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Weight Training Basics

By on Jul 11, 2011 in Articles, Uncategorized | 0 comments

When you first decide to start using weights, it’s probably tempting to just wander into the gym and have a quick go on every machine, doing loads of reps, and looking a little bit lost as you try to take in the myriad of equipment available to use. This article is designed to help you cut through all the useless tat in your gym, and get straight onto the stuff that works. At this early stage in your lifting career, get the basics right and you won’t waste the months, and years, that most people waste while they try to figure out what experienced people already know – that simple hard work, simply works! A couple of ground rules: If you’re totally new to exercise, it’s probably a good idea to visit your doctor and get your blood pressure etc tested. If nothing else, it”ll give you some good data to improve upon. Pay particular notice to your blood pressure and heart rate, because these will change for the better with proper training. Try to stick to the things in this article. Don’t get swayed by the gym PT trying to tempt you into BodyBlitz or VibroClass. Equally, don’t let Big Dave get you following his latest split programme that involves a forearm and neck training day. The Basic Planes of Movement Your body has six basic planes of movement. These are: Quad dominant (anything pushing with your legs) Hip dominant (anything pulling with your legs and hips) Horizontal push (e.g the old favourite, bench press) Horizontal pull (anything pulling an object towards you) Vertical push (anything pushing above your head) Vertical pull (e.g pull ups, chin ups) All of that might sound overly complicated. It isn’t – this article is going to show you a specific exercise to do for each of these movements. Your first eight weeks of training will consist of doing just those exercises – remember, we’re going to keep things very, very simple. Why? Because simple WORKS! The Exercises All of these exercises below assume that you are in an average-to-well equipped gym. I won’t make any excuses for saying that a gym that doesn’t have a squat rack or a chin up/dipping station...

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Bodyweight Training Basics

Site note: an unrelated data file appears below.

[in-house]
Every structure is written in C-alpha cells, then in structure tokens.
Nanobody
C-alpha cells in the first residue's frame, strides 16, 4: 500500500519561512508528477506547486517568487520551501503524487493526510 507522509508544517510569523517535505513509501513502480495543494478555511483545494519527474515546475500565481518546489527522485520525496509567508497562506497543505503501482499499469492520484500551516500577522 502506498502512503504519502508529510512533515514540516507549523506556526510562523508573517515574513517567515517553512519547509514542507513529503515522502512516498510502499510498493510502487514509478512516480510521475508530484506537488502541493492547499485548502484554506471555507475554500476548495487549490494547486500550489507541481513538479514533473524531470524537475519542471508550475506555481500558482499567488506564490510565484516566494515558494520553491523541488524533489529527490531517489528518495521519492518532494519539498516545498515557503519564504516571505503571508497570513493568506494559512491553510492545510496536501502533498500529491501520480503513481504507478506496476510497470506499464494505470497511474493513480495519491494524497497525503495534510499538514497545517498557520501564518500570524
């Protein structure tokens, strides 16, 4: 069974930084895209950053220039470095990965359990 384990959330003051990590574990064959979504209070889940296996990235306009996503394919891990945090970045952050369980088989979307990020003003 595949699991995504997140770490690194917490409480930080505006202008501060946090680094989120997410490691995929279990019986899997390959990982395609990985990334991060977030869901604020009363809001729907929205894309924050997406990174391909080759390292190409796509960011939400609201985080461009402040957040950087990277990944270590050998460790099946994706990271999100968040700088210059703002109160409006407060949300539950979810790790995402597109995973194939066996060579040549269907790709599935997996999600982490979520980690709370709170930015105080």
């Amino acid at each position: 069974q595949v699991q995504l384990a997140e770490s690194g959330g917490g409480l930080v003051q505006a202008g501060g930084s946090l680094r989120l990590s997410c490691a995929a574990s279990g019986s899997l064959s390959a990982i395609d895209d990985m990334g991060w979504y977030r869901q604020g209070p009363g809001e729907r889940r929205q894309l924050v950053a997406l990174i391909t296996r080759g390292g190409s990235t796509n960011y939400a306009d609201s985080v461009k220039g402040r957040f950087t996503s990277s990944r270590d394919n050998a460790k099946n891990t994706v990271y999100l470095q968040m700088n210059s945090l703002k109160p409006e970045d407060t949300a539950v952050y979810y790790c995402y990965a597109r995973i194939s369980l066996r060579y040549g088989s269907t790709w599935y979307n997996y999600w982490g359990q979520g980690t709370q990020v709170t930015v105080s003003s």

By on Jun 29, 2011 in Articles, Uncategorized | 0 comments

Not everyone wants – or indeed needs – to get into a gym to achieve their goals. You already possess a home gym – your body. Using the most basic bits of home furniture as an aid, just look at some examples of what you can do: Lower body – squats, lunges, burpees, calf raises, tuck jumps, mountain climbers Upper body – press-ups (of which there are tens of different variations), tricep dips, bicep curls, one arm rows Core – v-sit ups, crunches, leg raises, bicycle crunches, planks…abdominal work has endless possibilities. Throw in just £50 worth of additional equipment (like a kettlebell and a chin-up bar) and you can add literally hundreds of additional exercises into your home workout repertoire. How does it all fit together? When planning your home workout, think about what you want to achieve. If you want to get ‘fitter’, then we need to do a lot of circuit style work, high reps, and keep you moving quickly between exercises. We need to get you out of breath, and keep you there. Improving ‘Fitness’ Squats x 20 reps [youtube][/youtube] Lunges x 10 reps on each leg [youtube][/youtube] Mountain climbers x 50 reps [youtube][/youtube] Rest 60 seconds, and repeat. Try to complete 3 times. Then: Press-ups x 20 (from the knee if necessary) [youtube][/youtube] Dips (using a chair) x 10 [youtube][/youtube] Crunches x 20 [youtube][/youtube] Plank position for as many seconds as possible [youtube][/youtube] Rest 60 seconds, and repeat…again, 3 times. That should get you out of breath, and if you’re new to exercise, be a very challenging workout. If you find it too easy, add another 10 reps onto every flipkart apk exercises, and cut down the rest time. If it is still too easy, add more circuits. Do it 4, 5 or 6 times – the beauty of training at home is that you can keep going as long as you want. Aim to train every other day at first, and don’t be afraid of some aches – that’s the feeling of your body waking up! Keep an eye out for the next blog in this series, where we’ll take a look at how to incorporate some very cheap additional equipment into your...